February 2016

Looking at textiles from the sheep and wool perspective

Sue Blacker's picture
18 February, 2016 - 10:14 | Sue Blacker



Full of the joys of a New Year, I was pleased to see that the thinking people were busy.  In January, both the Oxford Farming Conference (big guns, big business, big numbers, big results) is held, as is a newer alternative version called the Real Oxford Farming Conference (sustainability, innovation, new models, less is more).

Both conferences have a place in the thinking processes for the future of agriculture, whether for food or other crops and both get publicity beyond the farming press, with usually a government minister attending and speaking at the Oxford Farming Conference and both attended by influential organisations and individuals.  Even The Archers go, though of course Brian and David go to the Oxford rather than the Real Oxford ...

New Year Resolutions and thoughts for another decade

Sue Blacker's picture
16 February, 2016 - 13:23 | Sue Blacker

Aha!  Well yes, I am already guilty of breaking one resolution, which was to put this article into our blog in January.  However, it's the Chinese New Year of the Monkey this week and we also say farewell to the Year of the Sheep, so it's still reasonably timely.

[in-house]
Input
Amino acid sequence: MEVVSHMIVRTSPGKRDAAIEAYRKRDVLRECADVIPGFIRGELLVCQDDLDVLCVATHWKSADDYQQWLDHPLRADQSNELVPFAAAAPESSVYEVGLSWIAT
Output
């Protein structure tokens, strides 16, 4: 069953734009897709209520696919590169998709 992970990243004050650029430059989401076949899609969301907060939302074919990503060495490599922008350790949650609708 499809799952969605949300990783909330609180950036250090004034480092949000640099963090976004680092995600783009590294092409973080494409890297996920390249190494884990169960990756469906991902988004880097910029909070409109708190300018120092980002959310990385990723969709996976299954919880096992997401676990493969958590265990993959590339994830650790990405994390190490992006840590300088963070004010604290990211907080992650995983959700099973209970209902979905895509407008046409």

Now that The Natural Fibre Company is 10 years old, we are thinking about the next decade (or so ...):

When pig arcs fly

Sue Blacker's picture
9 February, 2016 - 13:24 | Sue Blacker

This is the entrance to my fields at present - this is very clean and tidy as over the weekend I swept the mud off the concrete in the yarn and then pushed it out through the puddle into the field and spread it around, carefully extracting the hay and straw with a pitchfork to add it to the muck heap.  This is good exercise and I recommend it!  Better done when it's not raining though ...

Tamar: a river and the tale of a yarn

Sue Blacker's picture
8 February, 2016 - 09:01 | Sue Blacker


It seems that this watery story is timely, though sadly not everyone is in a position to appreciate the sheer amount of water around the UK at present.  Our thoughts are with those who have suffered flooding and those trying to keep their sheep from growing webbed feet.

Our new yarn, Tamar, is named for the river which defines the border between Devon (England) and Cornwall.  The Tamar is quite a large river, and may be 61 miles long or possibly only 50 depending on the source of information!  The nearest English river, the Exe, is also quoted variously as 60 or only 51 miles long!  Can this be a local rivalry or maybe the difference is to do with whether and how their estuaries, which include other rivers, are measured?

Blacker Yarns

enquiries@blackeryarns.co.uk | +44 (0) 1566 777 635


The Natural Fibre Company

enquiries@thenaturalfibre.co.uk | +44 (0) 1566 777 635